Aspen Christian Counseling

Diagnosis: Burnout

November 11, 2017
Michael Behmer


Human beings are created in the image of God and capable of empathy, but this heavenly capacity also opens the door to vulnerability. For those of us who work in soul care, listening to the hurts of others, we are gradually chipped-away by the pain of those we are helping. Even though we are image-bearers of God, we do not share in His ability to infinitely absorb the cursed daggers of human suffering. Care opens the caregiver up to vicarious pain. This is a guarantee. And if you're not careful, this vicarious pain can lead to burnout.

A helpful clinical definition of burnout is:

“feelings of hopelessness and difficulty in dealing with work, or difficulty in doing your job. These feelings usually have a gradual onset and reflect the idea that work efforts are not making any difference. They also are associated with high work load and non-supportive work environment.”

A few weeks ago, we posted a quiz to help you identify if you were close to or in the process of experiencing burnout. You can still check out that quiz here.

Whether you are burnt out or getting close to burn out, there is hope.


Being able to speak precisely what you are feeling may be the difference between stopping the gradual descent into burnout and detonating. Do you have an arsenal of descriptive emotional vocabulary to identify the difference between stress, fatigue, hopelessness and depression? Use the emotional word wheel below to hone your feelings identification.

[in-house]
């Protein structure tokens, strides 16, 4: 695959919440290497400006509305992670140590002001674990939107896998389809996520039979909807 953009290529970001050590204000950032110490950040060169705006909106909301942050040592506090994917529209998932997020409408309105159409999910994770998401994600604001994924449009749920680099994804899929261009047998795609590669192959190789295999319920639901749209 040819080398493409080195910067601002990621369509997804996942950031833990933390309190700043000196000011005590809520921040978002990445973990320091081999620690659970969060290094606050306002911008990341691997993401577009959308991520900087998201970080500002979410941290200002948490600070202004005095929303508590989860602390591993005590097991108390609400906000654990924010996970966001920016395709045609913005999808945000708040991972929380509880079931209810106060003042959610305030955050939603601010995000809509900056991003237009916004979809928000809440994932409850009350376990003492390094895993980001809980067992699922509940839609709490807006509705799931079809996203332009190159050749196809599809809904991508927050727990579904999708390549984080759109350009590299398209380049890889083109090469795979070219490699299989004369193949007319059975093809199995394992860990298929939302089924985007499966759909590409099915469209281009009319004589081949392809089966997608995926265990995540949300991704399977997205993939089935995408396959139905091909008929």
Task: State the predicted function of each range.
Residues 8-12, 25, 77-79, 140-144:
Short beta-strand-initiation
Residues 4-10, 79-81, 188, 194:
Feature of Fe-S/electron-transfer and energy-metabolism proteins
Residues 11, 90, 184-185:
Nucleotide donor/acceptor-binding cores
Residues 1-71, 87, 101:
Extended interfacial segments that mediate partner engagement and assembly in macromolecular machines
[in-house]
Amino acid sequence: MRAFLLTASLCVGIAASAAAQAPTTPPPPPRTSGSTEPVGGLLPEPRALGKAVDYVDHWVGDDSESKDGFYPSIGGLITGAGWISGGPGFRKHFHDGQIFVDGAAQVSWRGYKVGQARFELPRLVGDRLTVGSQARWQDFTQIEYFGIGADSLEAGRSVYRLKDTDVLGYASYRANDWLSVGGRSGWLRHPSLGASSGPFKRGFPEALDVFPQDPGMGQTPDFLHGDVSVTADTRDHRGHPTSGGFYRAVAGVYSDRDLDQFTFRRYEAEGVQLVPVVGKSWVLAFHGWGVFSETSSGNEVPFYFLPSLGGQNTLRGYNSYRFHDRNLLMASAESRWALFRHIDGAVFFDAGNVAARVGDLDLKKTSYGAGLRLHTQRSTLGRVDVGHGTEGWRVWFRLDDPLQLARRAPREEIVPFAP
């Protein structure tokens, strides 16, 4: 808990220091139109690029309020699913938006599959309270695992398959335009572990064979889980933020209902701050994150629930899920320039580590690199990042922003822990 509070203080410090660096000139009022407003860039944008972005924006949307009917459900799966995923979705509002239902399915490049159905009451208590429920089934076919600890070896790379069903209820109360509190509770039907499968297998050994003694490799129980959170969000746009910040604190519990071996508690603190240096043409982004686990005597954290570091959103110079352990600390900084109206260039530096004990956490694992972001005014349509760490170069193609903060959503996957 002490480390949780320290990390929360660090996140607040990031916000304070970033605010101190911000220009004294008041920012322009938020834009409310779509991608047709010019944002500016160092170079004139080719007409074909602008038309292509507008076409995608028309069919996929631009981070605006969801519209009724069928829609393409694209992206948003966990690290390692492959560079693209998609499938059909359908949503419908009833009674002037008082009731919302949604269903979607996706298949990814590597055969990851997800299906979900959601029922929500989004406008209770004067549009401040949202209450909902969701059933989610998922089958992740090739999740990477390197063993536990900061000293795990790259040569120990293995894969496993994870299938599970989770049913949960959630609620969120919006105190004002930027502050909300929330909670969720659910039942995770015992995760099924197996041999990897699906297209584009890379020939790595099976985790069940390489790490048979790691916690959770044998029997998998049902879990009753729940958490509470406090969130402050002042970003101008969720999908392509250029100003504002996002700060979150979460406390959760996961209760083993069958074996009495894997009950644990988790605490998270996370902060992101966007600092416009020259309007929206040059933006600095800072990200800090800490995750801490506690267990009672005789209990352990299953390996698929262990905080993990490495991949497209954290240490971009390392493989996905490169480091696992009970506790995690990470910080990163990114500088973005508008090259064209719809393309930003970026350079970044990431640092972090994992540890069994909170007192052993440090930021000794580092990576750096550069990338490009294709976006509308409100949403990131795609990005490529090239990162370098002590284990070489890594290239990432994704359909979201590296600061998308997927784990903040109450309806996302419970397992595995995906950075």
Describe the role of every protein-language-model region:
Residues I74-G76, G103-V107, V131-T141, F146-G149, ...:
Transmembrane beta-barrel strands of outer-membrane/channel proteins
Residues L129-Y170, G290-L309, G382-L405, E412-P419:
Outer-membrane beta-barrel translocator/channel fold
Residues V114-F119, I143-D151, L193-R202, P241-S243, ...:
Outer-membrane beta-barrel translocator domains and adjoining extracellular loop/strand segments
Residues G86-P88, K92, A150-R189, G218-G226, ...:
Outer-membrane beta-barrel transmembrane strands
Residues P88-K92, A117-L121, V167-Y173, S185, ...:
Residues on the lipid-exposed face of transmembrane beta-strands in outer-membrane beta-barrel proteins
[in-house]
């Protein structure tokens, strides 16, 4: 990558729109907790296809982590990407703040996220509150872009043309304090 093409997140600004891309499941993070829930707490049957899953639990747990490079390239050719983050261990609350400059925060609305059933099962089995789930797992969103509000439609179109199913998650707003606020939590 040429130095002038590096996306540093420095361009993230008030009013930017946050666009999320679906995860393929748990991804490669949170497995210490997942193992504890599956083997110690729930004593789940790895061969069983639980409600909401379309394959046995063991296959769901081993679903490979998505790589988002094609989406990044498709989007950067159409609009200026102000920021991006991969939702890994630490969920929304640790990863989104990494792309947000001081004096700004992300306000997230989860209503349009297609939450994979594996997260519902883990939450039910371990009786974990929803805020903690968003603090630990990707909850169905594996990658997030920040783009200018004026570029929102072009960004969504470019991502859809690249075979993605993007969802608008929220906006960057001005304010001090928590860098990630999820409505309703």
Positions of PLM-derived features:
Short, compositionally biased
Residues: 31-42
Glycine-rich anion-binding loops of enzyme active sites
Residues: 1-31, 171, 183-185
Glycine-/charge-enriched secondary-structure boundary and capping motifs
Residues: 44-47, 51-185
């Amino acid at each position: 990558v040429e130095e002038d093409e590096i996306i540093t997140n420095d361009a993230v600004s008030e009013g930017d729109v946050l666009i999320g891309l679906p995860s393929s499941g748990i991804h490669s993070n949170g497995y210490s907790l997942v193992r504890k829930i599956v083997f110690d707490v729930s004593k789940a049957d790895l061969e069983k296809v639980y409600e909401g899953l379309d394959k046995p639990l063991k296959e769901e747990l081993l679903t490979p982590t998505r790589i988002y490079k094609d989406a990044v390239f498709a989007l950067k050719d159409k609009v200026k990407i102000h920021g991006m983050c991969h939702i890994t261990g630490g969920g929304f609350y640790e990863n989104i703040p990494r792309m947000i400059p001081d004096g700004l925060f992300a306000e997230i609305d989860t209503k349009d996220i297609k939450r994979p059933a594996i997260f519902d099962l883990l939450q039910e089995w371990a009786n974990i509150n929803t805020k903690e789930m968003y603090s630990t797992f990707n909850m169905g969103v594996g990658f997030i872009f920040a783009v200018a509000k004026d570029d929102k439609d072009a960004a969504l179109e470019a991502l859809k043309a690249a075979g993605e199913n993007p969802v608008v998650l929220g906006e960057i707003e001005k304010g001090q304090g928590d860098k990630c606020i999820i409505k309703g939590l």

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Who is the person in your life who you can speak these words to regularly? Having friends and family who listen to you can provide vital support in your work with hurting people.

Are you feeling trapped in a work environment that is unsupportive? Experiencing consistent dread at being stuck in a non-supportive work environment will inevitably lead to burnout. If you add the weight of being a soul care professional to poor work environment you are headed for burnout. Helping hopeless people while being hopeless yourself can only lead to burnout. Take a look at your work environment and how it's contributing or preventing your burn out.

Putting a hammer to a nail can be extremely satisfying. Unfortunately, soul care is nothing like putting a hammer to a nail. There is no finish line when working with people.  Do you have hobbies outside of work that can give you the satisfied feeling of a job completed from start to finish?

Seasons of high workload are part of any job, not just those involved with soul care. It is normal to experience times when it feels like everyone you are caring for is melting down and in need of special attention. What is not normal is an inability to say “no” to those who need help when it crosses a personal, professional or ethical boundary. Do you know what your boundaries are? If you do not know what your boundaries are, you will burnout.


The thrill of helping someone find healing and meaning in life is paralleled by the real threat of being destroyed by the work. Those who find particular skill in helping people are often more sensitive and empathetic than the majority of the population. The inherent thoughtfulness and capacity of soul care workers to feel for those who are in pain comes with this dreadful promise, “If you are not vigilant, you will be crushed.”

It is pure pride to think that you are any different than the army of wrecked caregivers that have gone before you. Who do you have who you can talk to when you are feeling hopeless? What are the things - outside of work - in your life that fill you with the satisfaction of a job complete? Would you be able to clearly state what your personal, professional and ethical boundaries are, if asked?

It is okay if you do not have the answers to any or all of these questions. It is okay if you feel you need help answering hem. We are here to help with exactly these things. Please reach out to us today so that we may stand with you - shoulder to shoulder - in the beautiful work of soul care.

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